Global Procedures for Vertical Mergers
Laws vary with countries Most of the developed countries of the world have some form of merger control. Cross border transactions will be subject to the multiple jurisdictions of the home countries of bidders andtargets. The laws differ across the countries and among the organizations. The laws also govern the structure of the merger going to take place. In India, the Companies Act of 1956 is used as a regulation by the companies.
Key Issues Vertical merger may be anti-competitive.
It may harm the competition by making it difficult for them to gain access to important raw material/component of a product.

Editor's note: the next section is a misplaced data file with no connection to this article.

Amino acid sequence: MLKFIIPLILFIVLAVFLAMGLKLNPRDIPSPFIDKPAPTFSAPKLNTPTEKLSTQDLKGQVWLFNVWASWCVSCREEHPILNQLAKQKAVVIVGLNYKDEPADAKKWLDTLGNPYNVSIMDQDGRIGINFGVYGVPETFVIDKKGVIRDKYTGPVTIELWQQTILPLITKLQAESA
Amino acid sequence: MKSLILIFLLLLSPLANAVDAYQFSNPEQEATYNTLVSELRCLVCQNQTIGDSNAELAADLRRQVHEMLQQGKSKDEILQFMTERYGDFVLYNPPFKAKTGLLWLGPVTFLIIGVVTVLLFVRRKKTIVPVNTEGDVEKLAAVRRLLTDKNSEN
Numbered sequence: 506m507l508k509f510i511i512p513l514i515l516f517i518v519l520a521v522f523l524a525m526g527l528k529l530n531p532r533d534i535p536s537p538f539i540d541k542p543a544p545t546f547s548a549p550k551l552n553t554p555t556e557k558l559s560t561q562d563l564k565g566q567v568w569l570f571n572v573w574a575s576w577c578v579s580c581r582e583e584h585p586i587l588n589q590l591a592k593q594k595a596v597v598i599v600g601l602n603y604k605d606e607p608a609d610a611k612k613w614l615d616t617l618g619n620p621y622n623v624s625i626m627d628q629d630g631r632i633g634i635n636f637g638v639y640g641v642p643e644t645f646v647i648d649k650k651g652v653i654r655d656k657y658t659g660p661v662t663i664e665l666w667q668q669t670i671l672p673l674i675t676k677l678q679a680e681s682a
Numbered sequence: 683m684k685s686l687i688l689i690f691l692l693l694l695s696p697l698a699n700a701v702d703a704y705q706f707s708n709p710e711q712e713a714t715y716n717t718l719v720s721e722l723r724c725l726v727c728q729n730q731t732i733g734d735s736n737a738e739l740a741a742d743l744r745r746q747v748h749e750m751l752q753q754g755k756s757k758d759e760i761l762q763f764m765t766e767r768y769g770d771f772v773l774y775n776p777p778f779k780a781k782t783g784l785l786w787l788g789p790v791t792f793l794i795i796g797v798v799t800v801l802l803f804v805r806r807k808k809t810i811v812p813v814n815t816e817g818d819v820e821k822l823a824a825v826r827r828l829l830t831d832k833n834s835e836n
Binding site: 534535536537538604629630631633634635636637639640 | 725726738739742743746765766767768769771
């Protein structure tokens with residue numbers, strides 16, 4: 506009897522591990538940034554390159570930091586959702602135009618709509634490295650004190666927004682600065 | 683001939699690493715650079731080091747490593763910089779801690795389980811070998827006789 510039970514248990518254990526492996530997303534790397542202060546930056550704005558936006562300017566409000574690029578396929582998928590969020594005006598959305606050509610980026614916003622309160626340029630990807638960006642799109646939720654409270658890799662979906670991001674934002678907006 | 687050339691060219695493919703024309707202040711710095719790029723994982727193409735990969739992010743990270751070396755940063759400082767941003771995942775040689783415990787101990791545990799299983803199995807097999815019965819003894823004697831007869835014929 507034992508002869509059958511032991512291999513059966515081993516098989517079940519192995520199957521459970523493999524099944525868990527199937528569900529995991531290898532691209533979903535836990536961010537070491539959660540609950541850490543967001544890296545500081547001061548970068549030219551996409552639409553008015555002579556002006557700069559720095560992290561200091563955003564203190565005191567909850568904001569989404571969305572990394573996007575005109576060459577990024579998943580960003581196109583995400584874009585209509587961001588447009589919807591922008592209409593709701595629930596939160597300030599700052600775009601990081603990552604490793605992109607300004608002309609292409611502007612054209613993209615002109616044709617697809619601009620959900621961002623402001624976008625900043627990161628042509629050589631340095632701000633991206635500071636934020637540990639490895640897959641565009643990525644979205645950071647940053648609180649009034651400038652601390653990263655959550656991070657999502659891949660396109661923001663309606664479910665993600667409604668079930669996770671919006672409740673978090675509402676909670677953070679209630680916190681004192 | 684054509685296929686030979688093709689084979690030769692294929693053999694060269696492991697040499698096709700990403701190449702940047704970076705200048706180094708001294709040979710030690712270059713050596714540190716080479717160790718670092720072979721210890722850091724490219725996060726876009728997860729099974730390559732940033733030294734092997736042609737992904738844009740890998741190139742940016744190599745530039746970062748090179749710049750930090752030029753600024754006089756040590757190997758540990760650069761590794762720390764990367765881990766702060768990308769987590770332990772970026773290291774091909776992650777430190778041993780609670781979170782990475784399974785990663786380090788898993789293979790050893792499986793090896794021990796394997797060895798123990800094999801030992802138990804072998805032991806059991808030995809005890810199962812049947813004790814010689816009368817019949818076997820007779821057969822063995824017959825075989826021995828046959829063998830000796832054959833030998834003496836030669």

It may gain control over some channel of distribution.
The organization may start to monopolize the market and dictate their own terms including raising the prices.
Antitrust !! Staples wanted to takeover the stationery shops in India !!!
Clayton Antitrust Act U.S. antitrust law regime that seeks to prevent anticompetitive practices. Enforced by the Federal Trade Commission.
Gives the FTC power to prevent firms from engaging in harmful business practices.
Made it illegal for a company to acquire the stock of another company if competition could be adversely affected. Gave the FTC the power to block asset purchases as well as stock purchases
The Global Guidelines
The Process Top management commits towards merger. Search for a merger partner Negotiate with several shortlisted companies suited to be merger partner for settling terms of merger. Initiate the legal procedures in accordance to the government laws.